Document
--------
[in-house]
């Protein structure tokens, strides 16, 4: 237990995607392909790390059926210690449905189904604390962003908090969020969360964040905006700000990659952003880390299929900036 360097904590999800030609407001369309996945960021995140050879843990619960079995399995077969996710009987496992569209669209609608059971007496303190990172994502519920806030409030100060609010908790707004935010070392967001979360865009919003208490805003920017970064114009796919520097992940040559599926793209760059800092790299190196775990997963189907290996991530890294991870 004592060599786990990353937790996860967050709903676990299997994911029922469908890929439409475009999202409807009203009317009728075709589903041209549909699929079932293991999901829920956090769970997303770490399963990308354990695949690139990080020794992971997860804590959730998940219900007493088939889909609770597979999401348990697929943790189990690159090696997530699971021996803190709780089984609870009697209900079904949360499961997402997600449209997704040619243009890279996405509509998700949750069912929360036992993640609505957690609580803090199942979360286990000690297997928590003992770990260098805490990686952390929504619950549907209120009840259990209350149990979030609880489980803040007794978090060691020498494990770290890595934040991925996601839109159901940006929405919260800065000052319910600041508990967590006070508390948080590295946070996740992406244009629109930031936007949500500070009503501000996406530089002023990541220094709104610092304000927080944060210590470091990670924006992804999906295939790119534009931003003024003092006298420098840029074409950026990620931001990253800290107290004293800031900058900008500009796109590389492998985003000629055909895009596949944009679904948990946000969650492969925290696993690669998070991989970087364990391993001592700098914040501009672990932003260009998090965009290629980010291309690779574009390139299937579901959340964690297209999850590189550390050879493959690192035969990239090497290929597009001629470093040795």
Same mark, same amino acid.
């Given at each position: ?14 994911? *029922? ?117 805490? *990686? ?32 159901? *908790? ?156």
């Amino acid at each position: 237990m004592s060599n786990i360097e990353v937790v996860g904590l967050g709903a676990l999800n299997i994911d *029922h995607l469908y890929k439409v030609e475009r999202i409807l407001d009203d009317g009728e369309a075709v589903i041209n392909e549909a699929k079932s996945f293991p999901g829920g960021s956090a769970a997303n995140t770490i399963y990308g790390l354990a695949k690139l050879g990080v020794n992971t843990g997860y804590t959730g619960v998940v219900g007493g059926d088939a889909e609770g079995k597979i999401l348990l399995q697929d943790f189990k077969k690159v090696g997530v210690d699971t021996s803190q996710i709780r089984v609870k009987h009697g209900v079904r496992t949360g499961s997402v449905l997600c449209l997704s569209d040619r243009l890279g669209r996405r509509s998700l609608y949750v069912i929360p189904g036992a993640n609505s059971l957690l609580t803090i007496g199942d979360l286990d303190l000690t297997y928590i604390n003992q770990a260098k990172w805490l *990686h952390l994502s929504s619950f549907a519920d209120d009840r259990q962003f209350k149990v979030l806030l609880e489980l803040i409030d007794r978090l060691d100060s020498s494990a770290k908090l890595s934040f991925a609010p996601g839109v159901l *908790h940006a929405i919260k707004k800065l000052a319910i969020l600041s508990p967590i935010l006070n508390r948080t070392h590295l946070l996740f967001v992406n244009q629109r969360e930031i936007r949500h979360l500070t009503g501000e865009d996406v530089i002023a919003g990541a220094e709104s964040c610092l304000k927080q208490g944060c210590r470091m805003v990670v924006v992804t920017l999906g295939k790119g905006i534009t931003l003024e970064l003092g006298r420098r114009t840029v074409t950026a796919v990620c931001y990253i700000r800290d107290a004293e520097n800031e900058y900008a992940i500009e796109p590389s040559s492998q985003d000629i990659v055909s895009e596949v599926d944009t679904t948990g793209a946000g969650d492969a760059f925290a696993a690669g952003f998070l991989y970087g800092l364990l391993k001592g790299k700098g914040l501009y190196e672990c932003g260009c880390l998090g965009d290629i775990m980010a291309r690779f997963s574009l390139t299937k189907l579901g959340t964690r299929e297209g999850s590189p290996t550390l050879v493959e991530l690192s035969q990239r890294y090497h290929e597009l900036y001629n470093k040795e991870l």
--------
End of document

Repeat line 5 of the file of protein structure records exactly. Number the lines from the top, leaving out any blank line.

């Amino acid at each position: 237990m004592s060599n786990i360097e990353v937790v996860g904590l967050g709903a676990l999800n299997i994911d *029922h995607l469908y890929k439409v030609e475009r999202i409807l407001d009203d009317g009728e369309a075709v589903i041209n392909e549909a699929k079932s996945f293991p999901g829920g960021s956090a769970a997303n995140t770490i399963y990308g790390l354990a695949k690139l050879g990080v020794n992971t843990g997860y804590t959730g619960v998940v219900g007493g059926d088939a889909e609770g079995k597979i999401l348990l399995q697929d943790f189990k077969k690159v090696g997530v210690d699971t021996s803190q996710i709780r089984v609870k009987h009697g209900v079904r496992t949360g499961s997402v449905l997600c449209l997704s569209d040619r243009l890279g669209r996405r509509s998700l609608y949750v069912i929360p189904g036992a993640n609505s059971l957690l609580t803090i007496g199942d979360l286990d303190l000690t297997y928590i604390n003992q770990a260098k990172w805490l *990686h952390l994502s929504s619950f549907a519920d209120d009840r259990q962003f209350k149990v979030l806030l609880e489980l803040i409030d007794r978090l060691d100060s020498s494990a770290k908090l890595s934040f991925a609010p996601g839109v159901l *908790h940006a929405i919260k707004k800065l000052a319910i969020l600041s508990p967590i935010l006070n508390r948080t070392h590295l946070l996740f967001v992406n244009q629109r969360e930031i936007r949500h979360l500070t009503g501000e865009d996406v530089i002023a919003g990541a220094e709104s964040c610092l304000k927080q208490g944060c210590r470091m805003v990670v924006v992804t920017l999906g295939k790119g905006i534009t931003l003024e970064l003092g006298r420098r114009t840029v074409t950026a796919v990620c931001y990253i700000r800290d107290a004293e520097n800031e900058y900008a992940i500009e796109p590389s040559s492998q985003d000629i990659v055909s895009e596949v599926d944009t679904t948990g793209a946000g969650d492969a760059f925290a696993a690669g952003f998070l991989y970087g800092l364990l391993k001592g790299k700098g914040l501009y190196e672990c932003g260009c880390l998090g965009d290629i775990m980010a291309r690779f997963s574009l390139t299937k189907l579901g959340t964690r299929e297209g999850s590189p290996t550390l050879v493959e991530l690192s035969q990239r890294y090497h290929e597009l900036y001629n470093k040795e991870l």